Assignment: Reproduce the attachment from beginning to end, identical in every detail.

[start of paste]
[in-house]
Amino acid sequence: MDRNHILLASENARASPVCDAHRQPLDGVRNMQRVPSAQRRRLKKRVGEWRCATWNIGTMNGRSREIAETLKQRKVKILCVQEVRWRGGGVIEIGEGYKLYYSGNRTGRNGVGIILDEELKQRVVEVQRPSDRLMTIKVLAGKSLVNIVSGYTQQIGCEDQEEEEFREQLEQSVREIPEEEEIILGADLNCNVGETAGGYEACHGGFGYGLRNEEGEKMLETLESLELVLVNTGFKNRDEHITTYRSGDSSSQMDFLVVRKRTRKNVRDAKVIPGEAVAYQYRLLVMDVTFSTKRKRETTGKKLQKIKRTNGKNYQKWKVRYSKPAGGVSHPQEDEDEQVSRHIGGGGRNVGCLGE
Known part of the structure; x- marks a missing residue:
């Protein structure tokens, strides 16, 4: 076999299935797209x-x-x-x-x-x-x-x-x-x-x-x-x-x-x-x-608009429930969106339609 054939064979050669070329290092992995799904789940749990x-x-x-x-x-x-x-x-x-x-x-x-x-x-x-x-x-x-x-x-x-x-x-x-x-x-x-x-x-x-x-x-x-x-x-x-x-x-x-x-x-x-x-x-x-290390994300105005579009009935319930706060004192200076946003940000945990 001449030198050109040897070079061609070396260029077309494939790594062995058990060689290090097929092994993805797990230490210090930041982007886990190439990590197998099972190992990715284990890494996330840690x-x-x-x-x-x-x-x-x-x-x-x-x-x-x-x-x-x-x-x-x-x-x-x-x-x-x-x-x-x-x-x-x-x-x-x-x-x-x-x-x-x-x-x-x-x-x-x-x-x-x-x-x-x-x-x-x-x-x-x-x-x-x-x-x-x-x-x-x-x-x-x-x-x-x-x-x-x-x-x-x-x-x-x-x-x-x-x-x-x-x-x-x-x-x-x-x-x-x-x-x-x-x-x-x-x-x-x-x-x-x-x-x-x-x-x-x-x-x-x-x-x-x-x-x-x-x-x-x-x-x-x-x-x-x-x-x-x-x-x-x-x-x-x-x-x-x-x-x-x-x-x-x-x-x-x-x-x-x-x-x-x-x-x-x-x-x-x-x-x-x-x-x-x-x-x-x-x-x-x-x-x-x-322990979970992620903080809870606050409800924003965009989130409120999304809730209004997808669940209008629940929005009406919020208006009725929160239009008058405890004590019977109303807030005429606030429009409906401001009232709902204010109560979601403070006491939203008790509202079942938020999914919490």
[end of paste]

[in-house]
Amino acid sequence: MDRNHILLASENARASPVCDAHRQPLDGVRNMQRVPSAQRRRLKKRVGEWRCATWNIGTMNGRSREIAETLKQRKVKILCVQEVRWRGGGVIEIGEGYKLYYSGNRTGRNGVGIILDEELKQRVVEVQRPSDRLMTIKVLAGKSLVNIVSGYTQQIGCEDQEEEEFREQLEQSVREIPEEEEIILGADLNCNVGETAGGYEACHGGFGYGLRNEEGEKMLETLESLELVLVNTGFKNRDEHITTYRSGDSSSQMDFLVVRKRTRKNVRDAKVIPGEAVAYQYRLLVMDVTFSTKRKRETTGKKLQKIKRTNGKNYQKWKVRYSKPAGGVSHPQEDEDEQVSRHIGGGGRNVGCLGE
Known part of the structure; x- marks a missing residue:
């Protein structure tokens, strides 16, 4: 076999299935797209x-x-x-x-x-x-x-x-x-x-x-x-x-x-x-x-608009429930969106339609 054939064979050669070329290092992995799904789940749990x-x-x-x-x-x-x-x-x-x-x-x-x-x-x-x-x-x-x-x-x-x-x-x-x-x-x-x-x-x-x-x-x-x-x-x-x-x-x-x-x-x-x-x-x-290390994300105005579009009935319930706060004192200076946003940000945990 001449030198050109040897070079061609070396260029077309494939790594062995058990060689290090097929092994993805797990230490210090930041982007886990190439990590197998099972190992990715284990890494996330840690x-x-x-x-x-x-x-x-x-x-x-x-x-x-x-x-x-x-x-x-x-x-x-x-x-x-x-x-x-x-x-x-x-x-x-x-x-x-x-x-x-x-x-x-x-x-x-x-x-x-x-x-x-x-x-x-x-x-x-x-x-x-x-x-x-x-x-x-x-x-x-x-x-x-x-x-x-x-x-x-x-x-x-x-x-x-x-x-x-x-x-x-x-x-x-x-x-x-x-x-x-x-x-x-x-x-x-x-x-x-x-x-x-x-x-x-x-x-x-x-x-x-x-x-x-x-x-x-x-x-x-x-x-x-x-x-x-x-x-x-x-x-x-x-x-x-x-x-x-x-x-x-x-x-x-x-x-x-x-x-x-x-x-x-x-x-x-x-x-x-x-x-x-x-x-x-x-x-x-x-x-x-x-322990979970992620903080809870606050409800924003965009989130409120999304809730209004997808669940209008629940929005009406919020208006009725929160239009008058405890004590019977109303807030005429606030429009409906401001009232709902204010109560979601403070006491939203008790509202079942938020999914919490």